[5] Centers for Disease Control (Ed.). (2020, June). National Health and Nutrition Examination Survey. Retrieved November 16, 2020, from https://wwwn.cdc.gov/Nchs/Nhanes/2017-2018/WHQMEC_J.htm

[6] Robbins L.B., Ling J., Resnicow K. Demographic Differences in and Correlates of Perceived Body Image Discrepancy among Urban Adolescent Girls: A Cross-Sectional Study. BMC Pediatr. 2017;17:201. doi: 10.1186/s12887-017-0952-3.

[7] Bearman S.K., Presnell K., Martinez E., Stice E. The Skinny on Body Dissatisfaction: A Longitudinal Study of Adolescent Girls and Boys. J. Youth Adolesc. 2006;35:217–229. doi: 10.1007/s10964-005-9010-9.

[8] Body Image Survey Results (Rep.). (2020). London, UK: House of Commons Women and Equalities Committee.

[9] Voelker DK, Reel JJ, Greenleaf C. Weight status and body image perceptions in adolescents: current perspectives. Adolesc Health Med Ther. 2015 Aug 25;6:149-58. doi: 10.2147/AHMT.S68344. PMID: 26347007; PMCID: PMC4554432.

[10] Gattario, K. H., Lindwall, M., & Frisén, A. (2020). Life after childhood bullying: Body image development and disordered eating in adulthood. International Journal of Behavioral Development, 44(3), 246–255. https://doi.org/10.1177/0165025419877971

[11] Alonso, D. A., León-Del-Barco, B., Mendo-Lázaro, S., & Gallego, D. I. (2020). Examining Body Satisfaction and Emotional–Social Intelligence among School Children: Educational Implications. International Journal of Environmental Research and Public Health, 17(6), 2120. doi:10.3390/ijerph17062120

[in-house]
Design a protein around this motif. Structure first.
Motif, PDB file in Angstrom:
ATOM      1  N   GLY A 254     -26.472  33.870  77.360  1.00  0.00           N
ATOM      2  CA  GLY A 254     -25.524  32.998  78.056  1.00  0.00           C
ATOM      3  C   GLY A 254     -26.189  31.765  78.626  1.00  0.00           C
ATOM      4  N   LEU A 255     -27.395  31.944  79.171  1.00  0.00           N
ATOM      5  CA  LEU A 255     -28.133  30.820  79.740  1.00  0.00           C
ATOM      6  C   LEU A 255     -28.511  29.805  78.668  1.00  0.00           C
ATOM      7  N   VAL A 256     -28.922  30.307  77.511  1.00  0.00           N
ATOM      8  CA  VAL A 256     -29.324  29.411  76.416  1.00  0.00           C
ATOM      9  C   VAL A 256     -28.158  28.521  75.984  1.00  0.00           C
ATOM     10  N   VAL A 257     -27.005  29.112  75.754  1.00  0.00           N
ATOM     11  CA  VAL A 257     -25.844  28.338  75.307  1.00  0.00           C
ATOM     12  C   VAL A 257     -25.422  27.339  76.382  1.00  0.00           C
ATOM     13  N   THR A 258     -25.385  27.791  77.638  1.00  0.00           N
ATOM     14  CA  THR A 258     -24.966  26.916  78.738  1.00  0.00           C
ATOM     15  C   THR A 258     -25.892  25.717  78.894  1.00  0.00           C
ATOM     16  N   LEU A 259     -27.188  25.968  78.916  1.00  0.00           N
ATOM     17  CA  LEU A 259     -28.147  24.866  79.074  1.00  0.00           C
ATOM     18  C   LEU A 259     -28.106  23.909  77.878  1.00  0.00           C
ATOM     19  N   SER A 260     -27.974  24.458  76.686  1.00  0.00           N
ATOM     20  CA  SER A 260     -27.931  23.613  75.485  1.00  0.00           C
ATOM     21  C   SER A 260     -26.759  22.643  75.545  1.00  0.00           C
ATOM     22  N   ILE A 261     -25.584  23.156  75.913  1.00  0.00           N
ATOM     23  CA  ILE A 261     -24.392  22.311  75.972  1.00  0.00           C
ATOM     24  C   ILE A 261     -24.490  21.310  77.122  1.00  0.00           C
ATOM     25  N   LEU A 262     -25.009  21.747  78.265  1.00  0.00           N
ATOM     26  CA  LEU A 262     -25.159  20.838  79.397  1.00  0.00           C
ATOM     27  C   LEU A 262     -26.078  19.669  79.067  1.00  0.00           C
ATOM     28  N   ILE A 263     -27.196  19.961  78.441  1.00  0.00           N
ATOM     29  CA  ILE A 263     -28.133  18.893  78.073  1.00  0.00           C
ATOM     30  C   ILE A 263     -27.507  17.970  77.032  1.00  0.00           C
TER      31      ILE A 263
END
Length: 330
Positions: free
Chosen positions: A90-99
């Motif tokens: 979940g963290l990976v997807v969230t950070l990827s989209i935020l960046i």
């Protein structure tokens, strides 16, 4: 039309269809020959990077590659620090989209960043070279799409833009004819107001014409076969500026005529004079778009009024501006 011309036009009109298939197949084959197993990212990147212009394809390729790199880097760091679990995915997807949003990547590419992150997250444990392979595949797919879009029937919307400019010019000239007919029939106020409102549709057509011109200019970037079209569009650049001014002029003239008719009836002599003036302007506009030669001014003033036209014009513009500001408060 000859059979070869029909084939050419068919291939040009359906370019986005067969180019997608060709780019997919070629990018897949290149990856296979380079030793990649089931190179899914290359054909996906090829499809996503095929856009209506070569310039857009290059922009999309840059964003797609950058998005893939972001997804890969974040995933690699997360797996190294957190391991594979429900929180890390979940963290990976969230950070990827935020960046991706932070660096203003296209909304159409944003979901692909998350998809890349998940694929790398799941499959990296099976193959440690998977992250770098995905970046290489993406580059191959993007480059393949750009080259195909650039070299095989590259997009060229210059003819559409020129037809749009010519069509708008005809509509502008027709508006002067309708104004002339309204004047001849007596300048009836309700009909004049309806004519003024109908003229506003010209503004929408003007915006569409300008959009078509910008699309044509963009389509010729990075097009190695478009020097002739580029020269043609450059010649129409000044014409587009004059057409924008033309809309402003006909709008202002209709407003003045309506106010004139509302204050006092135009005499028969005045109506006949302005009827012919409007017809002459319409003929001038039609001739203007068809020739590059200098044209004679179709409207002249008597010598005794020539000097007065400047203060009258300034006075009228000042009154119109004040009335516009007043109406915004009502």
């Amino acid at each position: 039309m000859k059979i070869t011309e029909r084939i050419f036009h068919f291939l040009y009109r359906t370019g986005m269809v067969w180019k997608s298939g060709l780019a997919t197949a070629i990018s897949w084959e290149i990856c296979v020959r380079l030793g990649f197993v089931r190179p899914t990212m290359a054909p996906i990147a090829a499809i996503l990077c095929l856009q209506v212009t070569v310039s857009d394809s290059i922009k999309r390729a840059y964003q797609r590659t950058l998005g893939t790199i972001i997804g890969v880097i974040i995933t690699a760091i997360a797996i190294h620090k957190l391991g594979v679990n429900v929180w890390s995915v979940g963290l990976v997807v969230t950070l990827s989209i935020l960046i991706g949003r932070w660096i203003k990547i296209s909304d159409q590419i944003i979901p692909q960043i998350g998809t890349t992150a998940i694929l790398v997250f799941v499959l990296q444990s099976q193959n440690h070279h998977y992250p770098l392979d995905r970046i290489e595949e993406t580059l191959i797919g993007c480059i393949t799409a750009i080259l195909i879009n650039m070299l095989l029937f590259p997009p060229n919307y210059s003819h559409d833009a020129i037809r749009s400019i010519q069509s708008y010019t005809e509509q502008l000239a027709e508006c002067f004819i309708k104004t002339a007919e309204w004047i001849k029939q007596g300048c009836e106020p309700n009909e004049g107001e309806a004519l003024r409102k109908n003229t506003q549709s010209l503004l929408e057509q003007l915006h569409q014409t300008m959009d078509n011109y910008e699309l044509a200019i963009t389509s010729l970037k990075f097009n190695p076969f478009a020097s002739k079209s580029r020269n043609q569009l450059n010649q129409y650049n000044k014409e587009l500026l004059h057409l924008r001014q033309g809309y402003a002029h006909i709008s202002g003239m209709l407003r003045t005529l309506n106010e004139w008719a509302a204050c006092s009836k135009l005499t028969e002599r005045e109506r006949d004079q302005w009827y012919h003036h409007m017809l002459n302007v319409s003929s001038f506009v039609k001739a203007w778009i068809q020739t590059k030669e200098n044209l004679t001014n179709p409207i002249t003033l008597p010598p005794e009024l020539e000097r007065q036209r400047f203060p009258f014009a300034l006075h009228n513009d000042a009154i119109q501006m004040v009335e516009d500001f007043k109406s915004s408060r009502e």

[12] Gazendam, N., Cleverley, K., King, N., Pickett, W., & Phillips, S. P. (2020). Individual and social determinants of early sexual activity: A study of gender-based differences using the 2018 Canadian Health Behaviour in School-aged Children Study (HBSC). PloS one, 15(9), e0238515. https://doi.org/10.1371/journal.pone.0238515

[13] Kennedy, A. K., Schneiderman, J. U., & Negriff, S. (2020). Body appreciation and body dissatisfaction between maltreated and comparison adolescents. Children and Youth Services Review, 108. doi:10.1016/j.childyouth.2019.104514

How Do Race and Ethnicity Impact Body Image?

[1] Awad, G. H., Norwood, C., Taylor, D. S., Martinez, M., Mcclain, S., Jones, B., . . . Chapman-Hilliard, C. (2014). Beauty and Body Image Concerns Among African American College Women. Journal of Black Psychology, 41(6), 540-564. doi:10.1177/0095798414550864

[2] Robbins L.B., Ling J., Resnicow K. Demographic Differences in and Correlates of Perceived Body Image Discrepancy among Urban Adolescent Girls: A Cross-Sectional Study. BMC Pediatr. 2017;17:201. doi: 10.1186/s12887-017-0952-3.

[3] Bryan, B. (2020). Dealing With Eating Disorders. San Diego, CA: ReferencePoint Press, 31.

[4] Dunn, C. E., Hood, K. B., & Owens, B. D. (2019). Loving myself through thick and thin: Appearance contingent self-worth, gendered racial microaggressions and African American women’s body appreciation. Body Image, 30, 121-126. doi:10.1016/j.bodyim.2019.06.003

[5] Ferreira, J. (2020, August 20). 7 Latinas Get Real About Their Body Insecurities. Retrieved November 17, 2020, from https://hiplatina.com/latinas-talk-body-image/

[6] Bryan, B. (2020). Dealing With Eating Disorders. San Diego, CA: ReferencePoint Press, 31.